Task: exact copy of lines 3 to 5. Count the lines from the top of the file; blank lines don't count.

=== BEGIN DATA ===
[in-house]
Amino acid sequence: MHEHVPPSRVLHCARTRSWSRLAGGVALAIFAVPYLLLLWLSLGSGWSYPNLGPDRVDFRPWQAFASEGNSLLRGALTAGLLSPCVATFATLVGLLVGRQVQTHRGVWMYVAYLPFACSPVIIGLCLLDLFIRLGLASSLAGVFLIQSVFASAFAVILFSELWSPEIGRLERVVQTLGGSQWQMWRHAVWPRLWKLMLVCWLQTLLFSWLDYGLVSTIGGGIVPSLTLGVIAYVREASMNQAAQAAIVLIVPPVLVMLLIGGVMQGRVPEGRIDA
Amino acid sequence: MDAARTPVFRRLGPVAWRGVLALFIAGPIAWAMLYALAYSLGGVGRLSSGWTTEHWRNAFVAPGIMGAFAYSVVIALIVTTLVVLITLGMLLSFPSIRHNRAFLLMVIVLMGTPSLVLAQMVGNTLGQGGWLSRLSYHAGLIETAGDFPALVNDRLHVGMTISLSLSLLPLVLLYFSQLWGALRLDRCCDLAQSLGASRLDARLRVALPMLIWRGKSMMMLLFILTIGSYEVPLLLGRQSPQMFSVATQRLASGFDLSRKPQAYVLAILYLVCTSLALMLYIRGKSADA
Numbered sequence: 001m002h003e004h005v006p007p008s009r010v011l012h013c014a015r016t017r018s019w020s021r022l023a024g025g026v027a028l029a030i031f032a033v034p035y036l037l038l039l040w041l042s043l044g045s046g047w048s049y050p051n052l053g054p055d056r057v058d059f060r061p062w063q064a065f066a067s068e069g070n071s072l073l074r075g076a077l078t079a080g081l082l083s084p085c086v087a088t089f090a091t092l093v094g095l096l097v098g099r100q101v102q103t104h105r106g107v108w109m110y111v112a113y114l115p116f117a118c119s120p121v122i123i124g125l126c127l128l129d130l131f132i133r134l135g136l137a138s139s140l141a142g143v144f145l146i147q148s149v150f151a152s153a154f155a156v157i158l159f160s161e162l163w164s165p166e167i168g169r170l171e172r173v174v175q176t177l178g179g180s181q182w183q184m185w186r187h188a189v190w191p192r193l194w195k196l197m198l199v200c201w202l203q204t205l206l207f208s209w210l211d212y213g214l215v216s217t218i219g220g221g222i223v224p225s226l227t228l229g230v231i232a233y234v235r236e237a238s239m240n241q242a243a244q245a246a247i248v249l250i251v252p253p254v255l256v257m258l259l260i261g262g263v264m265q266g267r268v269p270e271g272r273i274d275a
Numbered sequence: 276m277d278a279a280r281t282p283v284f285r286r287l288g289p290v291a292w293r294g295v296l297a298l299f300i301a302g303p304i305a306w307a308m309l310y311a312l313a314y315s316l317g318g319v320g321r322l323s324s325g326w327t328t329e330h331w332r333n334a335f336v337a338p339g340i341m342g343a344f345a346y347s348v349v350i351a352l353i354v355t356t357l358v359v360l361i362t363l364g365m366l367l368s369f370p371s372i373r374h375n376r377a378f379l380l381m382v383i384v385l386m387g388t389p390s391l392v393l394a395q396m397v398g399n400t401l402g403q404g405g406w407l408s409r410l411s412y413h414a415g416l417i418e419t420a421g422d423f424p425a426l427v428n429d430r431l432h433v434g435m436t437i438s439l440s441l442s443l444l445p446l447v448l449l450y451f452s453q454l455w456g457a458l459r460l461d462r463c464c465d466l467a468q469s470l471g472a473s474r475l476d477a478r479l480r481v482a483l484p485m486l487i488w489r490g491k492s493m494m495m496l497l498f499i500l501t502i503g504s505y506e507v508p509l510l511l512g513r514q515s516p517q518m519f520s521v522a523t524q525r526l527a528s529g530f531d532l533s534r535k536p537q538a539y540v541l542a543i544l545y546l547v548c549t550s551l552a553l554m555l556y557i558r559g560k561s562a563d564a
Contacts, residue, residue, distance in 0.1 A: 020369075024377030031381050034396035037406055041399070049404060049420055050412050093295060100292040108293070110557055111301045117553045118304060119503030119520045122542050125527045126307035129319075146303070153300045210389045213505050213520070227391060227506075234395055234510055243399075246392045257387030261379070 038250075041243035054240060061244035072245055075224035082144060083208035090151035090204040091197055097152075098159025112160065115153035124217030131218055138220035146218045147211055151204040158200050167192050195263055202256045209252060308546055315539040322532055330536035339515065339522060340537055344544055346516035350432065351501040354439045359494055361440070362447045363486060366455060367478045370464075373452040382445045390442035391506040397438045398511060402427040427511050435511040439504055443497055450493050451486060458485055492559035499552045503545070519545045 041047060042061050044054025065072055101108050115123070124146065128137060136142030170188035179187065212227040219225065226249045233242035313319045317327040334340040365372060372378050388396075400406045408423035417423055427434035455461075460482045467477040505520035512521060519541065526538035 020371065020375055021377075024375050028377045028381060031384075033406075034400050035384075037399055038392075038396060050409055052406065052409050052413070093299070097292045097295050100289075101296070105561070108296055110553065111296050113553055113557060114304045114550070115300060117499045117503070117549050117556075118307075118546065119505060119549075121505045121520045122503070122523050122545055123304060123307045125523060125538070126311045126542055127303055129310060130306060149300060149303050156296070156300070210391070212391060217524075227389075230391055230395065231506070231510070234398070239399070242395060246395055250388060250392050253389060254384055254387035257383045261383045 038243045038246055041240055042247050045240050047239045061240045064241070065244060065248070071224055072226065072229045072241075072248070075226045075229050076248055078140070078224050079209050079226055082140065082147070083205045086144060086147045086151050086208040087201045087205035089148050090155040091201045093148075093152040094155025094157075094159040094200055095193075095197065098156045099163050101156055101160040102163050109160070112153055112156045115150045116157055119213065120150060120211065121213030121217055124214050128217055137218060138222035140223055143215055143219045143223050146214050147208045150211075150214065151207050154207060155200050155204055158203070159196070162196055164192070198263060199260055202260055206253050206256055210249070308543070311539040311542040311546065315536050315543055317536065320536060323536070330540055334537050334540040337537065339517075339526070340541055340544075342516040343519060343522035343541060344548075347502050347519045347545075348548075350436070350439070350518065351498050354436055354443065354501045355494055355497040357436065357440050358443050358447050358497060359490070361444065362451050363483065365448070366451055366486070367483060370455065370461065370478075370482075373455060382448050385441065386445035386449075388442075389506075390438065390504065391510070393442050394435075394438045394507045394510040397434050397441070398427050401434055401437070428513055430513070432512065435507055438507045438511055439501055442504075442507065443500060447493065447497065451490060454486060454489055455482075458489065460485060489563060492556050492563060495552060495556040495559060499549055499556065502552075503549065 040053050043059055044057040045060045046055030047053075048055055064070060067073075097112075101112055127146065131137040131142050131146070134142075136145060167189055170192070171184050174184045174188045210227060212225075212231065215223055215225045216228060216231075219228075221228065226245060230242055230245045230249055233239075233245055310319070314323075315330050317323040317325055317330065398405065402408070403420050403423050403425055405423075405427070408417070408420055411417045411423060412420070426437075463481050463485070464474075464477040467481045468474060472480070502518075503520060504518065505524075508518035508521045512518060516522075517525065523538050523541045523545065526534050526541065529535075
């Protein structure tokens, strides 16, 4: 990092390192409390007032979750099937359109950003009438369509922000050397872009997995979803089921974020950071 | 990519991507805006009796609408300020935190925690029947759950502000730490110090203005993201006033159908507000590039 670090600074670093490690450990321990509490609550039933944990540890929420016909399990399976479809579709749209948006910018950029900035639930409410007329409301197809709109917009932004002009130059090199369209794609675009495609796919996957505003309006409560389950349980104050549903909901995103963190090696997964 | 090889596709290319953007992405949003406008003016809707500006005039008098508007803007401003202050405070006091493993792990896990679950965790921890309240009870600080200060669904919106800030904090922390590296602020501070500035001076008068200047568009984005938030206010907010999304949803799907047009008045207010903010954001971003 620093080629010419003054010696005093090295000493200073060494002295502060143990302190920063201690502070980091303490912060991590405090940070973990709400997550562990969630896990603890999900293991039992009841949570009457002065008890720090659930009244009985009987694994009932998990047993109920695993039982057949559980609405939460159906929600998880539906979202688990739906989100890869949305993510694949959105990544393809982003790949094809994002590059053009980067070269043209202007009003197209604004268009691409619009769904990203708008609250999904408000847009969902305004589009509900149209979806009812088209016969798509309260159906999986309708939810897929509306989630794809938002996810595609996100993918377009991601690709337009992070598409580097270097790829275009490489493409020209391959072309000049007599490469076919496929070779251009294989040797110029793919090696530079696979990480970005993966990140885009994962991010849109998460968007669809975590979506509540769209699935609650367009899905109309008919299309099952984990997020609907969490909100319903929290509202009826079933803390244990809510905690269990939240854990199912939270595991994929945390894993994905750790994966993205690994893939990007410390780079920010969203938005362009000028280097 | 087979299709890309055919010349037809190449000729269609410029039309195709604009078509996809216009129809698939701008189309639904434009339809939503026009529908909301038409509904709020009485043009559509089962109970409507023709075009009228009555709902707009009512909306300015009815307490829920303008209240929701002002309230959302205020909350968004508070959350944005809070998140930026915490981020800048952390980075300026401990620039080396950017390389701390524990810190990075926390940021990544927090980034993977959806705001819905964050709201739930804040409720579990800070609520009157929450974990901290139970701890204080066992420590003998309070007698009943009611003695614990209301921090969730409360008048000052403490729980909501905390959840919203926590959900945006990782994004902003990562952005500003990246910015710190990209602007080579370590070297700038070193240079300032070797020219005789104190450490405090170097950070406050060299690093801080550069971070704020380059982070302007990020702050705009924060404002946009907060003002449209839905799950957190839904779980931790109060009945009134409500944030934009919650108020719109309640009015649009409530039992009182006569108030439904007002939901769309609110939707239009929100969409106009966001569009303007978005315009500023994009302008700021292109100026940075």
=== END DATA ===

Amino acid sequence: MDAARTPVFRRLGPVAWRGVLALFIAGPIAWAMLYALAYSLGGVGRLSSGWTTEHWRNAFVAPGIMGAFAYSVVIALIVTTLVVLITLGMLLSFPSIRHNRAFLLMVIVLMGTPSLVLAQMVGNTLGQGGWLSRLSYHAGLIETAGDFPALVNDRLHVGMTISLSLSLLPLVLLYFSQLWGALRLDRCCDLAQSLGASRLDARLRVALPMLIWRGKSMMMLLFILTIGSYEVPLLLGRQSPQMFSVATQRLASGFDLSRKPQAYVLAILYLVCTSLALMLYIRGKSADA
Numbered sequence: 001m002h003e004h005v006p007p008s009r010v011l012h013c014a015r016t017r018s019w020s021r022l023a024g025g026v027a028l029a030i031f032a033v034p035y036l037l038l039l040w041l042s043l044g045s046g047w048s049y050p051n052l053g054p055d056r057v058d059f060r061p062w063q064a065f066a067s068e069g070n071s072l073l074r075g076a077l078t079a080g081l082l083s084p085c086v087a088t089f090a091t092l093v094g095l096l097v098g099r100q101v102q103t104h105r106g107v108w109m110y111v112a113y114l115p116f117a118c119s120p121v122i123i124g125l126c127l128l129d130l131f132i133r134l135g136l137a138s139s140l141a142g143v144f145l146i147q148s149v150f151a152s153a154f155a156v157i158l159f160s161e162l163w164s165p166e167i168g169r170l171e172r173v174v175q176t177l178g179g180s181q182w183q184m185w186r187h188a189v190w191p192r193l194w195k196l197m198l199v200c201w202l203q204t205l206l207f208s209w210l211d212y213g214l215v216s217t218i219g220g221g222i223v224p225s226l227t228l229g230v231i232a233y234v235r236e237a238s239m240n241q242a243a244q245a246a247i248v249l250i251v252p253p254v255l256v257m258l259l260i261g262g263v264m265q266g267r268v269p270e271g272r273i274d275a
Numbered sequence: 276m277d278a279a280r281t282p283v284f285r286r287l288g289p290v291a292w293r294g295v296l297a298l299f300i301a302g303p304i305a306w307a308m309l310y311a312l313a314y315s316l317g318g319v320g321r322l323s324s325g326w327t328t329e330h331w332r333n334a335f336v337a338p339g340i341m342g343a344f345a346y347s348v349v350i351a352l353i354v355t356t357l358v359v360l361i362t363l364g365m366l367l368s369f370p371s372i373r374h375n376r377a378f379l380l381m382v383i384v385l386m387g388t389p390s391l392v393l394a395q396m397v398g399n400t401l402g403q404g405g406w407l408s409r410l411s412y413h414a415g416l417i418e419t420a421g422d423f424p425a426l427v428n429d430r431l432h433v434g435m436t437i438s439l440s441l442s443l444l445p446l447v448l449l450y451f452s453q454l455w456g457a458l459r460l461d462r463c464c465d466l467a468q469s470l471g472a473s474r475l476d477a478r479l480r481v482a483l484p485m486l487i488w489r490g491k492s493m494m495m496l497l498f499i500l501t502i503g504s505y506e507v508p509l510l511l512g513r514q515s516p517q518m519f520s521v522a523t524q525r526l527a528s529g530f531d532l533s534r535k536p537q538a539y540v541l542a543i544l545y546l547v548c549t550s551l552a553l554m555l556y557i558r559g560k561s562a563d564a